“Our challenge is to learn how to live differently”
27 November 2018
Hello there, climate researcher Keri Facer from the University of Bristol. You are Uppsala University’s third visiting Zennström Professor of Climate Change Leadership. What is your main area of research?
“I work on rethinking the relationship between formal educational institutions and wider society and am particularly concerned with the sorts of knowledge that may be needed to address contemporary environmental, economic, social and technological changes.”
How have you worked with climate change-related issues?
“For me, climate change is an educational, social and cultural issue as much as a technical and scientific matter. Our challenge now is to learn how to live differently, to live in and with climate change, to mitigate its worst effects, to experiment with the creation of new possibilities. For the last five years I have been working with an international network to develop the field of Anticipation Studies, which focuses specifically on how ideas of the future influence action in the present.
“Central to the problem of climate change is that we are very poor as individuals and societies at thinking intelligently about the future. Understanding this process better, in particular in relation to climate change, is the area that I have been working on with colleagues from UNESCO, the Royal Society and in my role as Chair of the International Conference on Anticipation.
What inspired you to come to Uppsala University?
“I have been aware of CEMUS (the Centre for Environment and Development Studies) and its truly innovative model of teaching and learning, and student leadership, for several years now. This sort of educational environment is so rare, and produces a distinctive culture that facilitates the sort of interdisciplinary thinking that is urgently needed, not only to address climate change, but a whole range of other contemporary issues.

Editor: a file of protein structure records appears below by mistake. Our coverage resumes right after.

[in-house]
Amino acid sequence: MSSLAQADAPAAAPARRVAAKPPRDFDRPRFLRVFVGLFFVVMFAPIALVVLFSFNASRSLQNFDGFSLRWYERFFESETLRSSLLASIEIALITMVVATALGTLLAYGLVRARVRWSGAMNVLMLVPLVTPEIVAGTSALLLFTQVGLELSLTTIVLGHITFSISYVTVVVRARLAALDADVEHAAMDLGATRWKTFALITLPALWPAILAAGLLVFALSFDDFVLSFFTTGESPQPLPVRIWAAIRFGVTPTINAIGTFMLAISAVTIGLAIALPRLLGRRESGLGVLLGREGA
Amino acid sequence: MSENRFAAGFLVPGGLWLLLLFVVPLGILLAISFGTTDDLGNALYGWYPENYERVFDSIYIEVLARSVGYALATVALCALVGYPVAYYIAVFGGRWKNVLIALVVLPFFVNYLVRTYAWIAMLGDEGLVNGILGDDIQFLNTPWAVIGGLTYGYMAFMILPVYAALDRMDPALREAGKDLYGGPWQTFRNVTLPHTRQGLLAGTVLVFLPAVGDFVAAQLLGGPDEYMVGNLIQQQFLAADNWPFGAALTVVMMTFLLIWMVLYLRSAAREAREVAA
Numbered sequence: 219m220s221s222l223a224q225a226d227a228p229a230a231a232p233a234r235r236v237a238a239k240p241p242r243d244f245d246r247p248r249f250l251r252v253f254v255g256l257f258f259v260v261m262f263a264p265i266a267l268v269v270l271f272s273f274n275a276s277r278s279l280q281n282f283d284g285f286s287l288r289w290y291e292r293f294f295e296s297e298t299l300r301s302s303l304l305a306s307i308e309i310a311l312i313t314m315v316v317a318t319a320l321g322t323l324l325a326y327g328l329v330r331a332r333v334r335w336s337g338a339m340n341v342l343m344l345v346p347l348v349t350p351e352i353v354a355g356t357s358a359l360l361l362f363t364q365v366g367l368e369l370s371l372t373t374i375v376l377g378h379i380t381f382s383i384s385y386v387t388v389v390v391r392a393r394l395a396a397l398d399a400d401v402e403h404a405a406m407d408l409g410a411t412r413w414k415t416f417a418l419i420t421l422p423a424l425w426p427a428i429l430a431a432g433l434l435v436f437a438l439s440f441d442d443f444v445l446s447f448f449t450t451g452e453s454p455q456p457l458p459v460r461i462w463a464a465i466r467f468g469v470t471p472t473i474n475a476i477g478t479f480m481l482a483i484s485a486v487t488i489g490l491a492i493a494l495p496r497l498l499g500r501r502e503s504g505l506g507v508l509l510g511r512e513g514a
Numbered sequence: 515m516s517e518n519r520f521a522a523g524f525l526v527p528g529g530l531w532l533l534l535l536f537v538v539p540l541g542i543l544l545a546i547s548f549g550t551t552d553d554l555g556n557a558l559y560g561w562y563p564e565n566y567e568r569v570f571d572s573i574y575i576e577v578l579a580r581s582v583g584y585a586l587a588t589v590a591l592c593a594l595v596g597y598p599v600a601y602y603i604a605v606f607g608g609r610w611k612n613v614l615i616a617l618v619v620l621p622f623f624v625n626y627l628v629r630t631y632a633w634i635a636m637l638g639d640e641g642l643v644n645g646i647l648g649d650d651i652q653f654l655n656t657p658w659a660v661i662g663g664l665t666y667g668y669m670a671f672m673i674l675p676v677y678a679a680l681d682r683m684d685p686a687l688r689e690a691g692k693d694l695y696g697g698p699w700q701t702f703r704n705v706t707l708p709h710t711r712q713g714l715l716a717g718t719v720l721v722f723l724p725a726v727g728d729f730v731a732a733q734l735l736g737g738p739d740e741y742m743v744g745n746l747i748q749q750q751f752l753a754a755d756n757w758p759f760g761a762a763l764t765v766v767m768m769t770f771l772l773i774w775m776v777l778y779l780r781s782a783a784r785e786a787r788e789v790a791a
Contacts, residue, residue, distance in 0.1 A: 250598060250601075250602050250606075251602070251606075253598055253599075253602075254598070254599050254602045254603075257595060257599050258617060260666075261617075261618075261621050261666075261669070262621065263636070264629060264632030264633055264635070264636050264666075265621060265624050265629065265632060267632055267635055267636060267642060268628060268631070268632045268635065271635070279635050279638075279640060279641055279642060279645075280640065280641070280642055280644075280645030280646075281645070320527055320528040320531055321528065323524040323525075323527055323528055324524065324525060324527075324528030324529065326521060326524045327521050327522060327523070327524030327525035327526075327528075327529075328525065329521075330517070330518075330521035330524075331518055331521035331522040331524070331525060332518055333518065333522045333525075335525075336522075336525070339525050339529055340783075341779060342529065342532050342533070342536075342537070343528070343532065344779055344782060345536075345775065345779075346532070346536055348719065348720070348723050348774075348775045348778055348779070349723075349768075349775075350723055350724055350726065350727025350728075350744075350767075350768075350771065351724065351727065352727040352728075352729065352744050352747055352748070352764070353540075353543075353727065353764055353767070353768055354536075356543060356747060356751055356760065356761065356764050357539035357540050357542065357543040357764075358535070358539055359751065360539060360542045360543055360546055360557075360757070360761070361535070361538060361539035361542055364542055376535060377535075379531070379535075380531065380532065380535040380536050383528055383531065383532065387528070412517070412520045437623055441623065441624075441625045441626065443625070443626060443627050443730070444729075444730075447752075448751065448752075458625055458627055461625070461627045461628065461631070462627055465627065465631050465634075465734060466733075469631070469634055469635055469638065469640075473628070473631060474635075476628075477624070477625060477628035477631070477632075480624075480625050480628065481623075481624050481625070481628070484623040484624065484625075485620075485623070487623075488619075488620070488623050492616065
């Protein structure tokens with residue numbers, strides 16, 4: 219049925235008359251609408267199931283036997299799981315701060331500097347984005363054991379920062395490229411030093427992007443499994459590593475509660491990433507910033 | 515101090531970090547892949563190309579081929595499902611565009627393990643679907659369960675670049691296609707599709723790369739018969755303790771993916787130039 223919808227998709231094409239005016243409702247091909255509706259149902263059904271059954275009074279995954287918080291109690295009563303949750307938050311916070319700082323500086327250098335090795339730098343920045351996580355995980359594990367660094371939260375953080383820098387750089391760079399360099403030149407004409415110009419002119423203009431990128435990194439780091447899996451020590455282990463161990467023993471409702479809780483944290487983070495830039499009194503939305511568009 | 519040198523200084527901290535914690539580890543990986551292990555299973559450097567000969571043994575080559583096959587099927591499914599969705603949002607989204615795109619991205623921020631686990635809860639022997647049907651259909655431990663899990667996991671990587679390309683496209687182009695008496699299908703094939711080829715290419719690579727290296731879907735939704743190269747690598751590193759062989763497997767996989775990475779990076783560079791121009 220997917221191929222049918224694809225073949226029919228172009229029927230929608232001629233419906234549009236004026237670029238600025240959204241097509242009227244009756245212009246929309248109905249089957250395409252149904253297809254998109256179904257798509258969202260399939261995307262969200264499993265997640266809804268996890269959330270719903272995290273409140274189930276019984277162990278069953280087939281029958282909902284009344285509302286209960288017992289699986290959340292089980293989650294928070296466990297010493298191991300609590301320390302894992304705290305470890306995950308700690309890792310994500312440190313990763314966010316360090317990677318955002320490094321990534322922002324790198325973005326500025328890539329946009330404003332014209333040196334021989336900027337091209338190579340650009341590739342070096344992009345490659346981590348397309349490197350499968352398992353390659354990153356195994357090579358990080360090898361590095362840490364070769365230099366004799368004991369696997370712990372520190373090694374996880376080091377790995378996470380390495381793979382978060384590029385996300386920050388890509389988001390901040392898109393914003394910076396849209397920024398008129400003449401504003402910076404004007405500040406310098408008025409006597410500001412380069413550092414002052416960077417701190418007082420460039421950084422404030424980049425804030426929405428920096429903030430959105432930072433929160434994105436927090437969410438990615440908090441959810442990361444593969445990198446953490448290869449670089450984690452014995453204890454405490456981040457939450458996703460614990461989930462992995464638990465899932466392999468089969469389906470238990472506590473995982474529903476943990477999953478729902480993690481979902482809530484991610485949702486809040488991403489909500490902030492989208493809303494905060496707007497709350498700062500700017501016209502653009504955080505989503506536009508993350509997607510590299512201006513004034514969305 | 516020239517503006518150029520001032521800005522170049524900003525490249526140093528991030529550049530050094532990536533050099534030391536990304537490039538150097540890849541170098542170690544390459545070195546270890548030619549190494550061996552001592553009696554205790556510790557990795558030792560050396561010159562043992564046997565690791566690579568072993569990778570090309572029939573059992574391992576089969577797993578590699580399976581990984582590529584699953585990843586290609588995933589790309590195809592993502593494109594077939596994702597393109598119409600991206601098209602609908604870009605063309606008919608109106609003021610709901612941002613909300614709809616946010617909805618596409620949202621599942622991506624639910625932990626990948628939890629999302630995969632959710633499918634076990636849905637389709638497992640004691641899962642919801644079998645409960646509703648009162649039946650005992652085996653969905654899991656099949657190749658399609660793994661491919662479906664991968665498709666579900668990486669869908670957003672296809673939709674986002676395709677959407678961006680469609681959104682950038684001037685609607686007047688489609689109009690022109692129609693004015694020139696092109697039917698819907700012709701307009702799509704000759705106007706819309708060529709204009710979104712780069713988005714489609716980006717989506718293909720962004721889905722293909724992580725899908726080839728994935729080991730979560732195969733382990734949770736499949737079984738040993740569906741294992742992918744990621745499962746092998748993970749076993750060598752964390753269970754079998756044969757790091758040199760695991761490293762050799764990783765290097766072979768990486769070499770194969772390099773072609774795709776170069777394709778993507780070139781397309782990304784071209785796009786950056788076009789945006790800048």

“I’ve also been aware, of course, of the important work that Cemus and Uppsala University as a whole are doing in relation to climate change leadership. Altogether, it seemed to me that it would be an exciting space to come for two years.”
What do you want to accomplish during your two years at Uppsala University?
“I want to work with colleagues across the University and in civil society to reflect upon the role of the university in relation to climate change. I want to create some spaces for us to collectively experiment with the ways in which research and teaching might be creatively and productively reconfigured to address this issue.
“In particular, I want to explore how to create open, creative spaces for collaboration around these issues both within the university and in partnership with others from outside the university.”
The Zennström visiting professorship
The visiting professorship runs for ten years, with a new professor being invited every year or every second year. It is funded by a donation to Uppsala University from entrepreneur Niklas Zennström.
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